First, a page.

Northanger Abbey

Most famously known as a defense of the novel and a critique of Gothic narratives, Northanger Abbey (1798/1818) might seem an unsuitable beginning for a project that aims to wander through Jane Austen’s depictions of nature, animals, weather–the obvious foci of an ecocritical lens. Yet as critical work on Northanger Abbey has highlighted repeatedly, the novel is famous for its depiction of place and space: the abbey, the fashionable resort, carriages, and cathedrals. In addition, part of the point of this collective project is to see what happens when we approach the novels through this lens, regardless of their most well-known motifs and themes. At the very least, Northanger Abbey is an important precursor to Austen’s more famous meadows, paths, and gardens. But, in addition, Catherine’s character is first established in relation to her enjoyment of games and the outdoors and, for instance, against sentimental relationships with small animals. As Tomoko Nakagawa has recently shown, Catherine’s learned love of hyacinths and General Tilney’s pineapples, can be read in relation to the novel’s interest in late eighteenth-century ideas about nature and culture. So far, in our annotations we have noticed how culture relies on nature, for instance in how women are associated with birds and how traveling long distances was made possible only by horse-drawn carriages.  We are excited to see how annotating Northanger Abbey’s environments foregrounds other nature-culture relations, and how it collectively places us into community with each other and with our own environments.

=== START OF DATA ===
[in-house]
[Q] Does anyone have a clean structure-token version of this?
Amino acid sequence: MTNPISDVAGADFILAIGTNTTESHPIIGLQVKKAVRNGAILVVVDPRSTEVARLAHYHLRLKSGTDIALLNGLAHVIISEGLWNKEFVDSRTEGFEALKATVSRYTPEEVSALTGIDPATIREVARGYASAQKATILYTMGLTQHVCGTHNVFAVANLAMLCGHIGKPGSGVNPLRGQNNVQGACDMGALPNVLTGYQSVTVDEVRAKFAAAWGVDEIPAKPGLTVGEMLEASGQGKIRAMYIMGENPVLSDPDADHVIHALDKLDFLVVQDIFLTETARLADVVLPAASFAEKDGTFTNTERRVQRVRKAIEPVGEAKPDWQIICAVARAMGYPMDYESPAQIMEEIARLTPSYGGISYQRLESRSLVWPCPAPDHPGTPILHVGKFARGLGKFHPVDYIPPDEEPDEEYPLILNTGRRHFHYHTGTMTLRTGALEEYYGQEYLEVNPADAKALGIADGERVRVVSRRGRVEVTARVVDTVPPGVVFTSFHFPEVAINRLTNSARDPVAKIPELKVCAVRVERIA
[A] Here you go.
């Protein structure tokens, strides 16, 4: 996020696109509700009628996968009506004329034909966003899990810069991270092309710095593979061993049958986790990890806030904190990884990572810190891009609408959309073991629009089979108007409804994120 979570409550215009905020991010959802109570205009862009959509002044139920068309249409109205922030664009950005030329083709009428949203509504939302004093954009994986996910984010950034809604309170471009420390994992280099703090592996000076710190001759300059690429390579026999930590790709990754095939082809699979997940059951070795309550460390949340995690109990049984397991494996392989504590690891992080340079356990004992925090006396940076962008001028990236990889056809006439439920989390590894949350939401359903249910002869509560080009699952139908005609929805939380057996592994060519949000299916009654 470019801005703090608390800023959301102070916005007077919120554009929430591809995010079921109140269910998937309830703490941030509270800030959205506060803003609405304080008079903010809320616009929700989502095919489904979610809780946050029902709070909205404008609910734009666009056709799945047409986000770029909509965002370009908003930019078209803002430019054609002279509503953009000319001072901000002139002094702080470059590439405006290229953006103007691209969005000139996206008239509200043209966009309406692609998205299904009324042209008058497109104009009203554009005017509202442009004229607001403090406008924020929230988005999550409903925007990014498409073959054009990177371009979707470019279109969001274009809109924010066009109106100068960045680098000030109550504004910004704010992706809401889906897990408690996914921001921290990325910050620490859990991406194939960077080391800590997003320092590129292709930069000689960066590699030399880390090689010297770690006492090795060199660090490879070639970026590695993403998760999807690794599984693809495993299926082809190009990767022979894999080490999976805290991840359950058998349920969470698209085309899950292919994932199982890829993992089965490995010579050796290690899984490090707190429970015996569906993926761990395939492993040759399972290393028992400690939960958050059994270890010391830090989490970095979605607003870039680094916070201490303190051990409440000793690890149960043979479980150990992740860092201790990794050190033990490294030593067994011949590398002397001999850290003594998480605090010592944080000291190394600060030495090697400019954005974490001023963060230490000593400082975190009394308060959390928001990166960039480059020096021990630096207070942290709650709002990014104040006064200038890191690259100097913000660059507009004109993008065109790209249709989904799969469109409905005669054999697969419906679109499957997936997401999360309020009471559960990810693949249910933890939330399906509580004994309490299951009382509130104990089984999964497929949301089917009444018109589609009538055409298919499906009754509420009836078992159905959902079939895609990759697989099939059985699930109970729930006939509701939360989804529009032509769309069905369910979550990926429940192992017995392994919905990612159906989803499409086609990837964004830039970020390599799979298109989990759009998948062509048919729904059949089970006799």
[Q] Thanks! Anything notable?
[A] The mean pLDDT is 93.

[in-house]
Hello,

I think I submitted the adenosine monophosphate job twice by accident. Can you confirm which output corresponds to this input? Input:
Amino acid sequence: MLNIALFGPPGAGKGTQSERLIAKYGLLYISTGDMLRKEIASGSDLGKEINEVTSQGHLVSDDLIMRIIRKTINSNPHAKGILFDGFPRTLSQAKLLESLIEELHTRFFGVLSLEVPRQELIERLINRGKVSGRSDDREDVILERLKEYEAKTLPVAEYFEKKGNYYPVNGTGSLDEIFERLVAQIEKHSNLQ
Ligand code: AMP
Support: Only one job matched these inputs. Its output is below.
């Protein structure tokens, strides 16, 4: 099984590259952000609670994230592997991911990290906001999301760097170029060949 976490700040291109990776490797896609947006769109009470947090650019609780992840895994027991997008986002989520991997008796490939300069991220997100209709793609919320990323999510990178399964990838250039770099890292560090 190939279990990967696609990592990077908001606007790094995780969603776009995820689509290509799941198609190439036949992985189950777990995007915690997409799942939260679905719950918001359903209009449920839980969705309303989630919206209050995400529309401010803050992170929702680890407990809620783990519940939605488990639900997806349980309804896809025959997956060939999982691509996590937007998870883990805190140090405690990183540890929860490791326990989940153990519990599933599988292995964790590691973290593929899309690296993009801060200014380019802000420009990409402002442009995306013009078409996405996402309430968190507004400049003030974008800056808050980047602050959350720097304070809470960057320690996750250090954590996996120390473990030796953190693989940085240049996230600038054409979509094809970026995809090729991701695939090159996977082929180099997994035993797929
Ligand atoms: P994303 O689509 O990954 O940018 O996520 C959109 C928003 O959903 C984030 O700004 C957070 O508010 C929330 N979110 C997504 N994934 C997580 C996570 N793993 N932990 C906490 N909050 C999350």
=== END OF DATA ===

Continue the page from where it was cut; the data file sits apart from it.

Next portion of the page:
Works Cited

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